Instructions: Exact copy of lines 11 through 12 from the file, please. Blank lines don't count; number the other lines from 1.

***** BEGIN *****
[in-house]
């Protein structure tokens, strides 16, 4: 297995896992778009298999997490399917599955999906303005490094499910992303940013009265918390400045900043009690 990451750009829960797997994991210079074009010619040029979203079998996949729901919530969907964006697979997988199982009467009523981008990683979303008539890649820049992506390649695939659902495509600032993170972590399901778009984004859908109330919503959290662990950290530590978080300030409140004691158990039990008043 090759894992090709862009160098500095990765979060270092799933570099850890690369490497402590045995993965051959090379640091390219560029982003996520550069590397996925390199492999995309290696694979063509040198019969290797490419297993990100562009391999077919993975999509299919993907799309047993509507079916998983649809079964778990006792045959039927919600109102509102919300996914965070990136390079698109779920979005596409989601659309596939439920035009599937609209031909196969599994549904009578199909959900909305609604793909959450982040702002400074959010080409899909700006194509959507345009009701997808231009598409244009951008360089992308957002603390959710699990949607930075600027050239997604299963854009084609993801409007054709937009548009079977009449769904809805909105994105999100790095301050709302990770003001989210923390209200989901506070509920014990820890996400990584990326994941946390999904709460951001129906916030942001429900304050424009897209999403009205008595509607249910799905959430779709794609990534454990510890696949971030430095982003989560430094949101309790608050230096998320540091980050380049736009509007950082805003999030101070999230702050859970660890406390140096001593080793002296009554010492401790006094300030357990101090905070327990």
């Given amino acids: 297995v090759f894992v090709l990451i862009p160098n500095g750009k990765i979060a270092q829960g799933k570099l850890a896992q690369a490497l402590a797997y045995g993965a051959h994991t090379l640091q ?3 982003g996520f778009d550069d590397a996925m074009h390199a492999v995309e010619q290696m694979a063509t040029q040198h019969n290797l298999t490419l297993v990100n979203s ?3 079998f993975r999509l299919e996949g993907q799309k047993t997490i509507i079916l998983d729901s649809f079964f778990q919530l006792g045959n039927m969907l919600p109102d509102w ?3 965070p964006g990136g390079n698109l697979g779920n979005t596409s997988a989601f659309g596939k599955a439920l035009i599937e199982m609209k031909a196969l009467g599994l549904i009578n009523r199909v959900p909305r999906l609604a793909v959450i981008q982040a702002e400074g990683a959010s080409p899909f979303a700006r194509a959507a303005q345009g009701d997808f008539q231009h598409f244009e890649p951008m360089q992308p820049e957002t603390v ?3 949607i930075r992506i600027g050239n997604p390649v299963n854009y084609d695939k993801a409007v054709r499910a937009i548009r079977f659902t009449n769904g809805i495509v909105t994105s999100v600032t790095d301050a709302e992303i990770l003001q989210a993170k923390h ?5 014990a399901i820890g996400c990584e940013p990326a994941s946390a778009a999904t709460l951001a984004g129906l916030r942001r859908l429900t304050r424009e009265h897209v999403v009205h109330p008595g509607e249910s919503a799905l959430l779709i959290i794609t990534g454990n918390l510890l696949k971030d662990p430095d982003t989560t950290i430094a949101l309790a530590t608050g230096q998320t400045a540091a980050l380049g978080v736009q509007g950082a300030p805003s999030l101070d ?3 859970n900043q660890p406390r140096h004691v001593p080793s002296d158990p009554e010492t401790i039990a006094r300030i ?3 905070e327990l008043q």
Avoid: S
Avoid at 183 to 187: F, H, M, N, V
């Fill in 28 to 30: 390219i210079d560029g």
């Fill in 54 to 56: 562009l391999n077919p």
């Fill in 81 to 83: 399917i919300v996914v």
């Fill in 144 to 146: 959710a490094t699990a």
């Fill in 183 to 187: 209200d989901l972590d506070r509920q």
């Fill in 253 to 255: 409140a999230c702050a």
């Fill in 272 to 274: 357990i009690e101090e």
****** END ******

């Fill in 253 to 255: 409140a999230c702050a």
């Fill in 272 to 274: 357990i009690e101090e």